Tuesday, March 6, 2012

Frugal feast in honor of Shabbat (or, an ode to Sasha)

My dear friend Sasha Lyutse, sustainable food warrior and vegan chef extraordinaire, recently brought her quickly becoming famous Frugal Feast to Washington. She and some friends in New York were inspired to come up with the concept after reading a column by the New York Times' Mark Bittman on Slow Food USA's $5 Challenge. As Sasha explains it, the goal is "to show that buying normal ingredients from a regular grocery store and cooking them at home is cheaper than going out to eat or eating fast food and to help support healthy, sustainable, and affordable food—what [Bittman] calls, quite simply, 'real food.'”

So, a dinner party in the coziness of home, surrounded by friends and delicious home-cooked food and wine? I mean, what more does one really want out of dinner. Frugal Feast covers the basics -- the food, the satisfaction of not just being thrifty in one's grocery shopping choices, but really and truly saving money versus a standard night of cooking or going out, and the camaraderie of friends who appreciate the value of good, healthy food and togetherness.

What made Friday's Frugal Feast even more special, however, was that it was Shabbat. No matter how religious one is, even if one isn't Jewish, there is something so unique about taking a break from the day, from the rapidity and non-stop nature of so many of our lives, to rest, to enjoy each other, to sit down with each other.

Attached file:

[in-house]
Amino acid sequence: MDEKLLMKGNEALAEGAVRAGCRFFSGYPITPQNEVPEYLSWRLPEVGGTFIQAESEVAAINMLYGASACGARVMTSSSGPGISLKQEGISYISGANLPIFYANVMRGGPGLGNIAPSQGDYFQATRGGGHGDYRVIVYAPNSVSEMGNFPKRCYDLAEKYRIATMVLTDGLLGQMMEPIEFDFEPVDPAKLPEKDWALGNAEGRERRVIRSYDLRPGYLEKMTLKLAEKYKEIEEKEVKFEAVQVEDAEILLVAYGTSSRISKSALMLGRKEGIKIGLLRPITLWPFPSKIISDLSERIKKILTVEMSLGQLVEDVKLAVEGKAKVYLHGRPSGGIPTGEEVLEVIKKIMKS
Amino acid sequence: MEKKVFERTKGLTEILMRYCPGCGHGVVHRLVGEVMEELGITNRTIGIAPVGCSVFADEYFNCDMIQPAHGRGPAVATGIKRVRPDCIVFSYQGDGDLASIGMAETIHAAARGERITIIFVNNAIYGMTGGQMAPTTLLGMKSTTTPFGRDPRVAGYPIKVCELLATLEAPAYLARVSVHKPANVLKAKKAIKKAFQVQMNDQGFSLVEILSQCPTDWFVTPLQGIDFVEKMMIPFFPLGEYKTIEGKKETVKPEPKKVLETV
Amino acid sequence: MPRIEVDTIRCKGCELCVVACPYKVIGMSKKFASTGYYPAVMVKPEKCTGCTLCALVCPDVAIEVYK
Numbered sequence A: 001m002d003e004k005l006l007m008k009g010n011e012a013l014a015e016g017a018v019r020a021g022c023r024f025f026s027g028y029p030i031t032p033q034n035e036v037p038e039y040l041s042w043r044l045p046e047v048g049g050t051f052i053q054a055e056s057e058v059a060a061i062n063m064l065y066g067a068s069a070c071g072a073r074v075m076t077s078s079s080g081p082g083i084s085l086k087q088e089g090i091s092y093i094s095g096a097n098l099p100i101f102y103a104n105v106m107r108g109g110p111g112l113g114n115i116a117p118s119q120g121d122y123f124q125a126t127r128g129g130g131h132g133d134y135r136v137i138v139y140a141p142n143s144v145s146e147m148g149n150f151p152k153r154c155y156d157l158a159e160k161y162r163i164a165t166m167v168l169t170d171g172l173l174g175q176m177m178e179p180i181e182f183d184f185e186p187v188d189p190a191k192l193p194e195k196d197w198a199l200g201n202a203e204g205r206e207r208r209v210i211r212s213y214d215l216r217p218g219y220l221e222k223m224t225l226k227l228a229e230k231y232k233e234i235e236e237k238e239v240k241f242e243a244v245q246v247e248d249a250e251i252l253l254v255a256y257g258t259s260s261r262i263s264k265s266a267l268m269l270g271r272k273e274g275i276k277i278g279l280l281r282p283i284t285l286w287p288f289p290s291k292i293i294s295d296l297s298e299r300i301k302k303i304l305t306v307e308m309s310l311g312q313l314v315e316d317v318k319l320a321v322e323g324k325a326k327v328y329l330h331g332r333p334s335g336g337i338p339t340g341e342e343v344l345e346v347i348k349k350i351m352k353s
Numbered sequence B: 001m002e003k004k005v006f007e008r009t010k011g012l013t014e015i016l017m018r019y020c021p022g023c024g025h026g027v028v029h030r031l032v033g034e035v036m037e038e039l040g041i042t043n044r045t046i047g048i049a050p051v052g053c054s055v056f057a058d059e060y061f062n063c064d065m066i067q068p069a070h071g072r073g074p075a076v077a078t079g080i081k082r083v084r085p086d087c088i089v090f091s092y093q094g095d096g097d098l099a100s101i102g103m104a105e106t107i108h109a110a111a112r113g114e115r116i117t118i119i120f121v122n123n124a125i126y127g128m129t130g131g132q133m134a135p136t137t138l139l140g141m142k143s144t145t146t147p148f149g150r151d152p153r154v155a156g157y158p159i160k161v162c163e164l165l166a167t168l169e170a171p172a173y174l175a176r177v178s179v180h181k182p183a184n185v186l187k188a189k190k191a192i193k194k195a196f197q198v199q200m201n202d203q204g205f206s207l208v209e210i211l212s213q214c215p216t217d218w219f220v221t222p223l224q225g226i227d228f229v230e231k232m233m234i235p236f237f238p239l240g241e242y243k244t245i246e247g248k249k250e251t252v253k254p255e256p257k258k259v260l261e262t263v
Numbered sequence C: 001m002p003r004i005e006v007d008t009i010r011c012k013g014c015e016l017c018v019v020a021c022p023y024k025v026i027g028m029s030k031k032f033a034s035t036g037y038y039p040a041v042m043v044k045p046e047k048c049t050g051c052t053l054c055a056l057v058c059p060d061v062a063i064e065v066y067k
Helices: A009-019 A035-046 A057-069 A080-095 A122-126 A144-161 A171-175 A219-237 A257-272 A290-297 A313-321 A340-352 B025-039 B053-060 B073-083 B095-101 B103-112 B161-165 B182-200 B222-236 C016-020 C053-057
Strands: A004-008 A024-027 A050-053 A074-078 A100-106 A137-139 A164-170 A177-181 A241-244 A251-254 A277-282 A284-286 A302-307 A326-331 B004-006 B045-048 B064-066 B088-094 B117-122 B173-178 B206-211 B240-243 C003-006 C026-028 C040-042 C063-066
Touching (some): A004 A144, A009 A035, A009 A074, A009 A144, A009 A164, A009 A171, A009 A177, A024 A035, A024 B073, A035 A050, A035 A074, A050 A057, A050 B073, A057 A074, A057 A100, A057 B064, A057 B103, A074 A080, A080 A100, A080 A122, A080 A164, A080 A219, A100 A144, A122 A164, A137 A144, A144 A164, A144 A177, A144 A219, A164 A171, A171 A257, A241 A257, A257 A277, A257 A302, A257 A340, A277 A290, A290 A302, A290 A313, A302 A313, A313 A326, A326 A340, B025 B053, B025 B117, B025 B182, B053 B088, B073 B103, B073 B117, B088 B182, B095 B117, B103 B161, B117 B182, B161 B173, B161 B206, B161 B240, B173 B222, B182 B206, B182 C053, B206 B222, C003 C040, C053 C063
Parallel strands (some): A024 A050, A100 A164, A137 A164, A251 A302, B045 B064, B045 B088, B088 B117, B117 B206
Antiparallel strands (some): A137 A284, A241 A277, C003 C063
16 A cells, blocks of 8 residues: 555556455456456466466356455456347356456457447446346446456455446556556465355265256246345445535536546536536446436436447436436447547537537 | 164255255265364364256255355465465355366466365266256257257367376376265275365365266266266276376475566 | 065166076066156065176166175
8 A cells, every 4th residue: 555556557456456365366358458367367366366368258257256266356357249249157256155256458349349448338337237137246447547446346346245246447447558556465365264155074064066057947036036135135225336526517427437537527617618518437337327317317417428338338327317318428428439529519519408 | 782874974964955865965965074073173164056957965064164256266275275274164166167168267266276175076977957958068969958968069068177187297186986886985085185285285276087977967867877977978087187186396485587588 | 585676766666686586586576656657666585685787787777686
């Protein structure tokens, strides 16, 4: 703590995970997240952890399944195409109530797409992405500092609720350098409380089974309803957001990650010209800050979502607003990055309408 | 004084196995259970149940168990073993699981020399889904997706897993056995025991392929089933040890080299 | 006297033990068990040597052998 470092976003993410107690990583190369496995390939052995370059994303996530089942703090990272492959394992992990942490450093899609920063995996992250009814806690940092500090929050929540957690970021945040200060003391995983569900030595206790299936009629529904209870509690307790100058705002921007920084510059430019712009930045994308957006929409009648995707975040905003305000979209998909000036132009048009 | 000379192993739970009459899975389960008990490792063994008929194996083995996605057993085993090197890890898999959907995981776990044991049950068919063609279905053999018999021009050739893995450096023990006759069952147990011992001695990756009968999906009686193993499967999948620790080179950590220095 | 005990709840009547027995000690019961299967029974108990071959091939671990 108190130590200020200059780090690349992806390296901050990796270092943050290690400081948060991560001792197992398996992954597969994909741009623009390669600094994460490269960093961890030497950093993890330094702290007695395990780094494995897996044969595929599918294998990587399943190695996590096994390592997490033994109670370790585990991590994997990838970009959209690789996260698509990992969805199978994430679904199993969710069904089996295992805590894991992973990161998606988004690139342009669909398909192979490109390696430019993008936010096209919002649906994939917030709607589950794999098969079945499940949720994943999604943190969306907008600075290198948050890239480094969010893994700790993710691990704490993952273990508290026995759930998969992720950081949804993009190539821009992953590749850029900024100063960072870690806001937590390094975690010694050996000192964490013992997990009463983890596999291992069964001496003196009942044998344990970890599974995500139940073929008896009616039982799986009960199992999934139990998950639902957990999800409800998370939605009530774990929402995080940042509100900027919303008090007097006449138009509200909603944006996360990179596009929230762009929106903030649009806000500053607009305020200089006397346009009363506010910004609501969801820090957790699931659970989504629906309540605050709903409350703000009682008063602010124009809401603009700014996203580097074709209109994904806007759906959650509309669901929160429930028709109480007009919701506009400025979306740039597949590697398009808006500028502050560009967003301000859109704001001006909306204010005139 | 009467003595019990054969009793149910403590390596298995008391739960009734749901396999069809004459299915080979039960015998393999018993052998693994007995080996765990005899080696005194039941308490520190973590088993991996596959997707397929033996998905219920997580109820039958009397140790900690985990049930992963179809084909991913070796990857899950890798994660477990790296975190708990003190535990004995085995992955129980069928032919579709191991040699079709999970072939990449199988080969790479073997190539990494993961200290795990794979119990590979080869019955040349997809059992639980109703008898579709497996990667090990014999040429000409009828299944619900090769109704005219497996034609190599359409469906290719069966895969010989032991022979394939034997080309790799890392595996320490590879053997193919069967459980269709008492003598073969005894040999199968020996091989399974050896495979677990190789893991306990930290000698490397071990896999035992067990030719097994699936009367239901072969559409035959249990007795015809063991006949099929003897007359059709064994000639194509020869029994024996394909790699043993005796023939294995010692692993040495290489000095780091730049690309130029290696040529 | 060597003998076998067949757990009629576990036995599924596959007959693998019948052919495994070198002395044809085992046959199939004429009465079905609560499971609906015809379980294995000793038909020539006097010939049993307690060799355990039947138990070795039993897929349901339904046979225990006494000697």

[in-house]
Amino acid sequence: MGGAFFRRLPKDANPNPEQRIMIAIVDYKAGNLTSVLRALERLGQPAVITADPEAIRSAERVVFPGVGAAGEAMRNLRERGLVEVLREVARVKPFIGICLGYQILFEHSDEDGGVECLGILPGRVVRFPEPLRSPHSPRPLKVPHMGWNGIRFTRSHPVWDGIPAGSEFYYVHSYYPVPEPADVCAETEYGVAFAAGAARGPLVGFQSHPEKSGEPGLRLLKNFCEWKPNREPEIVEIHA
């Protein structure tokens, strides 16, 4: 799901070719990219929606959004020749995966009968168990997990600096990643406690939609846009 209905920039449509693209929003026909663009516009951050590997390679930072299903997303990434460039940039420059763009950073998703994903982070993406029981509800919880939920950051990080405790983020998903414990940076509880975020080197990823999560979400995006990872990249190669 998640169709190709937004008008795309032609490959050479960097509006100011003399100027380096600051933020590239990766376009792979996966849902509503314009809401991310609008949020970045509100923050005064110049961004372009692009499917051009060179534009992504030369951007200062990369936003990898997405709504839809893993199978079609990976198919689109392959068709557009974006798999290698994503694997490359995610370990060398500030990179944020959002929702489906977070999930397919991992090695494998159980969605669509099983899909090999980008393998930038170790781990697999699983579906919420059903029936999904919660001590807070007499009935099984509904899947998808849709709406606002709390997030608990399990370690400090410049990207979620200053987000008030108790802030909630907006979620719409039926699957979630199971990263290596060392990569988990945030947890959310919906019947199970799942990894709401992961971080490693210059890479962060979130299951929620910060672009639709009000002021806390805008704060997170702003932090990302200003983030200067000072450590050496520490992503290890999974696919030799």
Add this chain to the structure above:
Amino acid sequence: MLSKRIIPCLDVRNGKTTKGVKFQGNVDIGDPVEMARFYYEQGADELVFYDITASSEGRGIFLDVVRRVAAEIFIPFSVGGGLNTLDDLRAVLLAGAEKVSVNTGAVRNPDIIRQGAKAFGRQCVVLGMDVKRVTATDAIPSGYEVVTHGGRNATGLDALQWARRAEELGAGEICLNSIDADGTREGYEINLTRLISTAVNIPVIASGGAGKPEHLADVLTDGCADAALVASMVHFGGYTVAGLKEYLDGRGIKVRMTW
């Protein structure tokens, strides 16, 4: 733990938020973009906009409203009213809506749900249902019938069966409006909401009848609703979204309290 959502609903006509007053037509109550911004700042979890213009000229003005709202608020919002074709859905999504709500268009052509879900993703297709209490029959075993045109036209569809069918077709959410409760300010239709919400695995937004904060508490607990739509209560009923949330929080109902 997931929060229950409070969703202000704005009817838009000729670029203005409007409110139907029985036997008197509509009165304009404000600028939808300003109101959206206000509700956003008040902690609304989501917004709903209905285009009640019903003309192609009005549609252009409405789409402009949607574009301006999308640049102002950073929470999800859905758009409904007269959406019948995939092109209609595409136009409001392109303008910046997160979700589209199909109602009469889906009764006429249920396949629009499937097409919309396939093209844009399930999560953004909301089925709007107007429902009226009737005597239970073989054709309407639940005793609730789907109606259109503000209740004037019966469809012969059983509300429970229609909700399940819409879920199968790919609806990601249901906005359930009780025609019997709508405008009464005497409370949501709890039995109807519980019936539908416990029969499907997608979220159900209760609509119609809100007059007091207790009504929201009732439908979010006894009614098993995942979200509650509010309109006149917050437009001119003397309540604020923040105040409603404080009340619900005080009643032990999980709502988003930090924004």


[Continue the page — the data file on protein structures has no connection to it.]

Lighting the candles, saying the prayers, sharing the home-made rustic bread Sasha created, added a sense of tranquility and comfort that is difficult to put into words. I think everyone present was sort of reflecting -- internally -- at how lovely all this was and how it should become a more typical part of our lives.

Before getting into the deliciousness that was the actual dinner, I should note that Ms. Lyutse is the person who has convinced me that vegan cuisine is not just for the birds and can in fact be quite hearty and delectable. In the past few months, she has made me such things as red lentils with sauteed onions and celery, tempeh on a bed of buckwheat garnished with caramelized onions (always onions) and multigrain porridge. I mean, seriously, when has the word porridge crossed your mind except in the context of Goldilocks? Trust me, it's real. When she asked me to buy turnips, I had to Google them in the store to figure out what I was looking for. She introduced me to quinoa, kale and swiss chard (reduced with garlic). In her modesty, she'll tell you that such dishes "make themselves" and that they're so simple, "no recipe exists."

"Food is the organizing principle of my life," she once said to me while stirring homemade oatmeal  (ingredients included walnuts, raisins and the sweet nectar of agave).

A visual taste of Friday's meal below. I challenge you to try the $5 per person meal and see what happens. It gives you a maximum you can spend to guide you as you think carefully about your recipes, ingredients and yields, but it's doable, I promise.

Garlic and shallots at bottom left, the bread at top left and the sweet potatoes baking
Beautiful ingredients
Kale chips to start, topped with a concoction of macadamia nuts, cherry tomatoes, shallots and fresh rosemary

Rustic bread baked in a Dutch oven
Roasted garlic and shallots to spread on the bread
Beginnings of the stew
Stew with coconut milk added
Coconut milk, chickpea and spinach stew with sundried tomatoes, ginger and lemon, served over roasted sweet potatoes and garnished with fresh cilantro

1 comment:

  1. This all looks seriously delicious! How can I get a hold of these recipes?